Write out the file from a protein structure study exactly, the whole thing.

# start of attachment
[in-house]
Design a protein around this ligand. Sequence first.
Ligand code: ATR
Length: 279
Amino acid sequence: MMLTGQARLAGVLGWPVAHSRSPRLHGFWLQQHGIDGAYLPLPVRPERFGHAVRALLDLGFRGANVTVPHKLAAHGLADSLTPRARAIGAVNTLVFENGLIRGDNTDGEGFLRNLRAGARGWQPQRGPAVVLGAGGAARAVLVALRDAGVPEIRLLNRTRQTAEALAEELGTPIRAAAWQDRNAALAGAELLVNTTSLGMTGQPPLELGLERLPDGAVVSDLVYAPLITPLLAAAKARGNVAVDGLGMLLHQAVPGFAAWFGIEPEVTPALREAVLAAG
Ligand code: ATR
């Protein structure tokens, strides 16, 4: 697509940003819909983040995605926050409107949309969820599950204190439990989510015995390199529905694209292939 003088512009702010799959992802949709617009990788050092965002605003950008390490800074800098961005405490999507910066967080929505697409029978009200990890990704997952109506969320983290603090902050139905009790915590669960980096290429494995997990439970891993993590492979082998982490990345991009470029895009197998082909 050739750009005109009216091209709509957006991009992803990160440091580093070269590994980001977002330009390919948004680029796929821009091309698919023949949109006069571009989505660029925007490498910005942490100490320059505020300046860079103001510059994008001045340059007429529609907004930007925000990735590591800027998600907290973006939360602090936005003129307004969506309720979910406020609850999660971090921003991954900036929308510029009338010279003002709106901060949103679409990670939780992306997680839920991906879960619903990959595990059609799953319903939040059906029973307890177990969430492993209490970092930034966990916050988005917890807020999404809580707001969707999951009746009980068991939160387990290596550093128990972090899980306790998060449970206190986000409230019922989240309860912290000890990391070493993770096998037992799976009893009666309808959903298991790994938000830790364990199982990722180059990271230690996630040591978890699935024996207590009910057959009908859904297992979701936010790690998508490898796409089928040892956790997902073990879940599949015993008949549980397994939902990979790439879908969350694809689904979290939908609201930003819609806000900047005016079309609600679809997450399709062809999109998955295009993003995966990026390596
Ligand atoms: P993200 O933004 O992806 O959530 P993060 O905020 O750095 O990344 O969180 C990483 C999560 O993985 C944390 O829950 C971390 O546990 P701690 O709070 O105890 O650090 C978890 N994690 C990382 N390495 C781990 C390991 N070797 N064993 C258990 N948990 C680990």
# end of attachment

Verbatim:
[in-house]
Design a protein around this ligand. Sequence first.
Ligand code: ATR
Length: 279
Amino acid sequence: MMLTGQARLAGVLGWPVAHSRSPRLHGFWLQQHGIDGAYLPLPVRPERFGHAVRALLDLGFRGANVTVPHKLAAHGLADSLTPRARAIGAVNTLVFENGLIRGDNTDGEGFLRNLRAGARGWQPQRGPAVVLGAGGAARAVLVALRDAGVPEIRLLNRTRQTAEALAEELGTPIRAAAWQDRNAALAGAELLVNTTSLGMTGQPPLELGLERLPDGAVVSDLVYAPLITPLLAAAKARGNVAVDGLGMLLHQAVPGFAAWFGIEPEVTPALREAVLAAG
Ligand code: ATR
């Protein structure tokens, strides 16, 4: 697509940003819909983040995605926050409107949309969820599950204190439990989510015995390199529905694209292939 003088512009702010799959992802949709617009990788050092965002605003950008390490800074800098961005405490999507910066967080929505697409029978009200990890990704997952109506969320983290603090902050139905009790915590669960980096290429494995997990439970891993993590492979082998982490990345991009470029895009197998082909 050739750009005109009216091209709509957006991009992803990160440091580093070269590994980001977002330009390919948004680029796929821009091309698919023949949109006069571009989505660029925007490498910005942490100490320059505020300046860079103001510059994008001045340059007429529609907004930007925000990735590591800027998600907290973006939360602090936005003129307004969506309720979910406020609850999660971090921003991954900036929308510029009338010279003002709106901060949103679409990670939780992306997680839920991906879960619903990959595990059609799953319903939040059906029973307890177990969430492993209490970092930034966990916050988005917890807020999404809580707001969707999951009746009980068991939160387990290596550093128990972090899980306790998060449970206190986000409230019922989240309860912290000890990391070493993770096998037992799976009893009666309808959903298991790994938000830790364990199982990722180059990271230690996630040591978890699935024996207590009910057959009908859904297992979701936010790690998508490898796409089928040892956790997902073990879940599949015993008949549980397994939902990979790439879908969350694809689904979290939908609201930003819609806000900047005016079309609600679809997450399709062809999109998955295009993003995966990026390596
Ligand atoms: P993200 O933004 O992806 O959530 P993060 O905020 O750095 O990344 O969180 C990483 C999560 O993985 C944390 O829950 C971390 O546990 P701690 O709070 O105890 O650090 C978890 N994690 C990382 N390495 C781990 C390991 N070797 N064993 C258990 N948990 C680990």